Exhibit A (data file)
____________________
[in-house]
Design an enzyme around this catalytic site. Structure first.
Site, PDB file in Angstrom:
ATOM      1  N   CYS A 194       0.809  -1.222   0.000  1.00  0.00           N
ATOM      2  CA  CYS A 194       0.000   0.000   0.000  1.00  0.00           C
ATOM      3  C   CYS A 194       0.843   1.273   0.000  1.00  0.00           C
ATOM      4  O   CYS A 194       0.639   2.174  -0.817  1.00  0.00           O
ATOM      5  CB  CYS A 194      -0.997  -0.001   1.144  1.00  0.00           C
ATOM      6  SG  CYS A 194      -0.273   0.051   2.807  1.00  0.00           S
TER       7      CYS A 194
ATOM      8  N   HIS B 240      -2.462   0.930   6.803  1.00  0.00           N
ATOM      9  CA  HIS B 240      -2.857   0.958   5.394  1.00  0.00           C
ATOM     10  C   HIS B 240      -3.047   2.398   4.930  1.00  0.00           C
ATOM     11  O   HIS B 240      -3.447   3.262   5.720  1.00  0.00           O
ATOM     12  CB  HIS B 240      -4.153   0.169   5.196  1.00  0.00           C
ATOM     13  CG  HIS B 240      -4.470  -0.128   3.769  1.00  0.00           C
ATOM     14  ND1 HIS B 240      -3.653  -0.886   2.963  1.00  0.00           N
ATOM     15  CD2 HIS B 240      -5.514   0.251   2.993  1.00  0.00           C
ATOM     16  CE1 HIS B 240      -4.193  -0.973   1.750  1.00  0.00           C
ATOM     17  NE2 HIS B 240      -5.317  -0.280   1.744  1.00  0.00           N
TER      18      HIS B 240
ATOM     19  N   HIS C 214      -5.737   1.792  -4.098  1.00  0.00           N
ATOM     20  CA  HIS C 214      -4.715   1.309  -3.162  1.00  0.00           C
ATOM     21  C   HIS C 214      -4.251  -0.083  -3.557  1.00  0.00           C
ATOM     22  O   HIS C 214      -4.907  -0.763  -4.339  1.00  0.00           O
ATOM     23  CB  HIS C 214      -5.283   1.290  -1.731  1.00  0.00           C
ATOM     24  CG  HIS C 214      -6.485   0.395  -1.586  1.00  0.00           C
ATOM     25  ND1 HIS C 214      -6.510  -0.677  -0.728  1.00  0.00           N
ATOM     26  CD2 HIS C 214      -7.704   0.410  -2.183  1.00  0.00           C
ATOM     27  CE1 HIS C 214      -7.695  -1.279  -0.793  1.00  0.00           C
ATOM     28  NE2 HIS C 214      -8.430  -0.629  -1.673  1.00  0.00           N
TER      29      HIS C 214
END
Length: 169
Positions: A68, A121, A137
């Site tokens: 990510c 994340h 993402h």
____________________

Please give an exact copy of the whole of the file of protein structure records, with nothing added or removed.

[in-house]
Design an enzyme around this catalytic site. Structure first.
Site, PDB file in Angstrom:
ATOM      1  N   CYS A 194       0.809  -1.222   0.000  1.00  0.00           N
ATOM      2  CA  CYS A 194       0.000   0.000   0.000  1.00  0.00           C
ATOM      3  C   CYS A 194       0.843   1.273   0.000  1.00  0.00           C
ATOM      4  O   CYS A 194       0.639   2.174  -0.817  1.00  0.00           O
ATOM      5  CB  CYS A 194      -0.997  -0.001   1.144  1.00  0.00           C
ATOM      6  SG  CYS A 194      -0.273   0.051   2.807  1.00  0.00           S
TER       7      CYS A 194
ATOM      8  N   HIS B 240      -2.462   0.930   6.803  1.00  0.00           N
ATOM      9  CA  HIS B 240      -2.857   0.958   5.394  1.00  0.00           C
ATOM     10  C   HIS B 240      -3.047   2.398   4.930  1.00  0.00           C
ATOM     11  O   HIS B 240      -3.447   3.262   5.720  1.00  0.00           O
ATOM     12  CB  HIS B 240      -4.153   0.169   5.196  1.00  0.00           C
ATOM     13  CG  HIS B 240      -4.470  -0.128   3.769  1.00  0.00           C
ATOM     14  ND1 HIS B 240      -3.653  -0.886   2.963  1.00  0.00           N
ATOM     15  CD2 HIS B 240      -5.514   0.251   2.993  1.00  0.00           C
ATOM     16  CE1 HIS B 240      -4.193  -0.973   1.750  1.00  0.00           C
ATOM     17  NE2 HIS B 240      -5.317  -0.280   1.744  1.00  0.00           N
TER      18      HIS B 240
ATOM     19  N   HIS C 214      -5.737   1.792  -4.098  1.00  0.00           N
ATOM     20  CA  HIS C 214      -4.715   1.309  -3.162  1.00  0.00           C
ATOM     21  C   HIS C 214      -4.251  -0.083  -3.557  1.00  0.00           C
ATOM     22  O   HIS C 214      -4.907  -0.763  -4.339  1.00  0.00           O
ATOM     23  CB  HIS C 214      -5.283   1.290  -1.731  1.00  0.00           C
ATOM     24  CG  HIS C 214      -6.485   0.395  -1.586  1.00  0.00           C
ATOM     25  ND1 HIS C 214      -6.510  -0.677  -0.728  1.00  0.00           N
ATOM     26  CD2 HIS C 214      -7.704   0.410  -2.183  1.00  0.00           C
ATOM     27  CE1 HIS C 214      -7.695  -1.279  -0.793  1.00  0.00           C
ATOM     28  NE2 HIS C 214      -8.430  -0.629  -1.673  1.00  0.00           N
TER      29      HIS C 214
END
Length: 169
Positions: A68, A121, A137
């Site tokens: 990510c 994340h 993402h």